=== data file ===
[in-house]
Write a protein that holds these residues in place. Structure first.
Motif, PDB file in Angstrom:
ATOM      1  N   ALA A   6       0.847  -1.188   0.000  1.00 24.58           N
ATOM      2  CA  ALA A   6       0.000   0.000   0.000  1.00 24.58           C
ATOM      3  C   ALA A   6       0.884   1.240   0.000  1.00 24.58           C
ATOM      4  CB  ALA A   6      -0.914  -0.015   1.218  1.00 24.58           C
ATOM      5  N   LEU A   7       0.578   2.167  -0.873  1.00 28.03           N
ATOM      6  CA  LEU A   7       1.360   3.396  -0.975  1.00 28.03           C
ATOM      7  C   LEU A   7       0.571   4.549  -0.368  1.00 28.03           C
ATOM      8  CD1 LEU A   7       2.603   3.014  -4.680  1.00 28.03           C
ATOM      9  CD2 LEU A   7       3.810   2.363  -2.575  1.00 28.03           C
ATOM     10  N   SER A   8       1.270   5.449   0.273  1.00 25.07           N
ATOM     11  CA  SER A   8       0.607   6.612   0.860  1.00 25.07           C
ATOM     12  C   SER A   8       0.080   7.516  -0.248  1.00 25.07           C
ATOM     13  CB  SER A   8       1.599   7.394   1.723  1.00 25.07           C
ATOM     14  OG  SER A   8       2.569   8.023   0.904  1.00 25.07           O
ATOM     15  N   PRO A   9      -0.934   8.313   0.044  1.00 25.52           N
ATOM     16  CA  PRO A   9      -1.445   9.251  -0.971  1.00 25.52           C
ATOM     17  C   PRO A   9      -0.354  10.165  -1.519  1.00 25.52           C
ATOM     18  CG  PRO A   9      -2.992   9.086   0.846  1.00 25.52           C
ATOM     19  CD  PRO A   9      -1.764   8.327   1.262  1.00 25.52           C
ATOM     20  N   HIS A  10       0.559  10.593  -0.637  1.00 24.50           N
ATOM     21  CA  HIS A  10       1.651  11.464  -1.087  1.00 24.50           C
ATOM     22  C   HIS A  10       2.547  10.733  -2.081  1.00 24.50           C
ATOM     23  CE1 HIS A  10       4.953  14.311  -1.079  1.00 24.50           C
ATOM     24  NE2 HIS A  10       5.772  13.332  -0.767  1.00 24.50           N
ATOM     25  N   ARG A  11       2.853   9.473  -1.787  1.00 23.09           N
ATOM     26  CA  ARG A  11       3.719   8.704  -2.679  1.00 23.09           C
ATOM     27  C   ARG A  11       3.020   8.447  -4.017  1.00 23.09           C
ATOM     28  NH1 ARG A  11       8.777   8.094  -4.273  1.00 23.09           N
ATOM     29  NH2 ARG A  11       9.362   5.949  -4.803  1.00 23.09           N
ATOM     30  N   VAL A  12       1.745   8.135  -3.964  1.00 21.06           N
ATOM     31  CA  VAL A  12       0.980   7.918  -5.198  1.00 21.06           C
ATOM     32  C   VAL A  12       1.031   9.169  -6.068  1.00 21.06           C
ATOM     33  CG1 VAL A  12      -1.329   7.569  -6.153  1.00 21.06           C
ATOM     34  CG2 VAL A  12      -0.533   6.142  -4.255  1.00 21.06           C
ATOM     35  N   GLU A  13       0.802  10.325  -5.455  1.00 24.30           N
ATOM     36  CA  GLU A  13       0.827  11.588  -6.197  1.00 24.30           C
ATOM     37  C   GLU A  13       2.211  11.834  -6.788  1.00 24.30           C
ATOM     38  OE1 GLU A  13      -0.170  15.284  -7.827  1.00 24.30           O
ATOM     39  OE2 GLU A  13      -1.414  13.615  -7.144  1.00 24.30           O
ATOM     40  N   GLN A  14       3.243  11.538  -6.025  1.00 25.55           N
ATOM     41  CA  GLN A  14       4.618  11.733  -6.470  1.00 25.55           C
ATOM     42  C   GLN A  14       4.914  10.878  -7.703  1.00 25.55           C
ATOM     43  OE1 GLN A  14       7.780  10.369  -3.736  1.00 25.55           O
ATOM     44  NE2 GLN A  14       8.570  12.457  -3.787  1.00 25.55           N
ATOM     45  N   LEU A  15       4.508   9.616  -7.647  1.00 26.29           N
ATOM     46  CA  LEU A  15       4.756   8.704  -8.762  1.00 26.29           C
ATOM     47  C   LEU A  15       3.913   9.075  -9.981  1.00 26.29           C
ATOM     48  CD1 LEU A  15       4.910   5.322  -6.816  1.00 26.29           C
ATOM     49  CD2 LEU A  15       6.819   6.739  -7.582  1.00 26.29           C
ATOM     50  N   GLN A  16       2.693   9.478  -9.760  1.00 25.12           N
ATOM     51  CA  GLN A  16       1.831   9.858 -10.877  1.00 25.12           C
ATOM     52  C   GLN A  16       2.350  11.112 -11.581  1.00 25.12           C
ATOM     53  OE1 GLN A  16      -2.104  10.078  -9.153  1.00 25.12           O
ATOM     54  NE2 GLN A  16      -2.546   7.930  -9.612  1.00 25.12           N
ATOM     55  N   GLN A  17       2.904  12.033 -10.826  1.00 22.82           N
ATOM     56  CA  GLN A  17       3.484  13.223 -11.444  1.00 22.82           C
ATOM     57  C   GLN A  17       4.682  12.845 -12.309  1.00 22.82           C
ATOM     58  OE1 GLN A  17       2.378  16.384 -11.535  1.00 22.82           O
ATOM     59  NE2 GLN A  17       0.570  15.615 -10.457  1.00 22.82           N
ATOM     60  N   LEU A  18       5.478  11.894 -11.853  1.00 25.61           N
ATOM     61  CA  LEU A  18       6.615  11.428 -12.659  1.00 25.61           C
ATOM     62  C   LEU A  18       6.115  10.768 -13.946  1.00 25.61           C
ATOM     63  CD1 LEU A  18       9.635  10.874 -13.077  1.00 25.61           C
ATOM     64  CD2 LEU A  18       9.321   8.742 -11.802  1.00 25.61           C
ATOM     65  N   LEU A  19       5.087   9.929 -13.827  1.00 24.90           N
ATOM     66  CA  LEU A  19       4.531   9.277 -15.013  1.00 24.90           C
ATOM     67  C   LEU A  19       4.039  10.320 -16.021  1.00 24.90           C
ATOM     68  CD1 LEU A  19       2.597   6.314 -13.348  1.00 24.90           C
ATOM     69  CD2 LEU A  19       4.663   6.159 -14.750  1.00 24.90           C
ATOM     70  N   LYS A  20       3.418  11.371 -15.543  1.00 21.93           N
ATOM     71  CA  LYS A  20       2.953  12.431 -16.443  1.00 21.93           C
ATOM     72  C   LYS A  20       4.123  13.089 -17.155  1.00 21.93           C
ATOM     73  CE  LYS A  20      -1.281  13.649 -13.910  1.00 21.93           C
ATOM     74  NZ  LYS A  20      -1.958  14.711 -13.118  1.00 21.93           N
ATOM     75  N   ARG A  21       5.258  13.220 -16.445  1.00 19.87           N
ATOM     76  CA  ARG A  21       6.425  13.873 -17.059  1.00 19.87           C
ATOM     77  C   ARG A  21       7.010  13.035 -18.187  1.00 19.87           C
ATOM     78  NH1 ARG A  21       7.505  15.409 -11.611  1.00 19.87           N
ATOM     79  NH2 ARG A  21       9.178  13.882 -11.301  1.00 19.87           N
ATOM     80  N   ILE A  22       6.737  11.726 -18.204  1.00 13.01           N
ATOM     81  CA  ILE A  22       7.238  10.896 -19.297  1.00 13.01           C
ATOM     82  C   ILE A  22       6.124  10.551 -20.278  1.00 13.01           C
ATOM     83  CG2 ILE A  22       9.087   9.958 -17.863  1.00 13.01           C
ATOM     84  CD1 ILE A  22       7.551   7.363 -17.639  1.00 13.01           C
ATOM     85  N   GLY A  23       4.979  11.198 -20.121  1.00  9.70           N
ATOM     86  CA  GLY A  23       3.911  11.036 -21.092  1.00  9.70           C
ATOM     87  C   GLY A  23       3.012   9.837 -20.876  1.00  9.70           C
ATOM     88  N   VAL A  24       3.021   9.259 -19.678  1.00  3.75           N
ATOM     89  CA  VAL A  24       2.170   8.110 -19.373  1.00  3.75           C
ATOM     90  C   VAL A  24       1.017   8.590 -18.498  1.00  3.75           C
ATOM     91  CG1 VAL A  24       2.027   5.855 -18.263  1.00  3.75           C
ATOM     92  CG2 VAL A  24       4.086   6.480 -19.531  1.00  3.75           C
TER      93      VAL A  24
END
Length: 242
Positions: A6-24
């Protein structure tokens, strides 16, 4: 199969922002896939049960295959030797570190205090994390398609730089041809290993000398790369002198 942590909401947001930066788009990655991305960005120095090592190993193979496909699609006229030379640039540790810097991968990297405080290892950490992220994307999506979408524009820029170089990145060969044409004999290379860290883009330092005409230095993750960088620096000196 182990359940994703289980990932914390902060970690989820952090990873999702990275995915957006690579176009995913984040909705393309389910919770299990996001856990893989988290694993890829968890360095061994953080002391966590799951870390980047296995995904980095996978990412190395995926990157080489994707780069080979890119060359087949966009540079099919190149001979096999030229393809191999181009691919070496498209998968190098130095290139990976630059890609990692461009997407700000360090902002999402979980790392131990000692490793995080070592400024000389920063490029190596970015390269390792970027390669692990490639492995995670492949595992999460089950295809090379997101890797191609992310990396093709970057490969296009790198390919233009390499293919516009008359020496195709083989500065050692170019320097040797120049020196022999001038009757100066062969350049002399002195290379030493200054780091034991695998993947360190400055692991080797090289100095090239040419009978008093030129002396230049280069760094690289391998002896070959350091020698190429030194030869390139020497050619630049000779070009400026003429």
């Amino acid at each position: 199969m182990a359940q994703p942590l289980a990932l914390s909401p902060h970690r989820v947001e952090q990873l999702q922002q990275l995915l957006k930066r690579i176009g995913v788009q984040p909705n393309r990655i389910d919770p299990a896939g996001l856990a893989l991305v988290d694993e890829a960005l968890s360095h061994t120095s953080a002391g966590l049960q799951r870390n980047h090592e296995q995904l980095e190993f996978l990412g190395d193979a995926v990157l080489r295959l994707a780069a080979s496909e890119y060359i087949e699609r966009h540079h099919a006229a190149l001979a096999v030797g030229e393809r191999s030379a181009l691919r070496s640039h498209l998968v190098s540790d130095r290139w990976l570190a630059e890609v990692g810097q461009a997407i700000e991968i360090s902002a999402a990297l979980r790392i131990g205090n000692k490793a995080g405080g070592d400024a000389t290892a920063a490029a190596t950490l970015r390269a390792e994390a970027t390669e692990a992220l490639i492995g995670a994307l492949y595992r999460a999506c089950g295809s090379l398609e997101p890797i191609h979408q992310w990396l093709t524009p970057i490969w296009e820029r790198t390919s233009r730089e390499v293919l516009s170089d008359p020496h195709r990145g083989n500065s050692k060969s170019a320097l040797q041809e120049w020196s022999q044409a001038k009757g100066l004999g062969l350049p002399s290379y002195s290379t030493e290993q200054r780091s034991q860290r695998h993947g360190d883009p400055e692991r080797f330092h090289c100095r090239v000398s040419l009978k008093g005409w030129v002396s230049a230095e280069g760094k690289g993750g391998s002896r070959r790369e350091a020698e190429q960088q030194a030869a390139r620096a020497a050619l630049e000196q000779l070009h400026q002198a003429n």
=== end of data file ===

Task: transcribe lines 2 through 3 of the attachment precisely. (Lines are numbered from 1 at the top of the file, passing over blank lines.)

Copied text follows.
Write a protein that holds these residues in place. Structure first.
Motif, PDB file in Angstrom: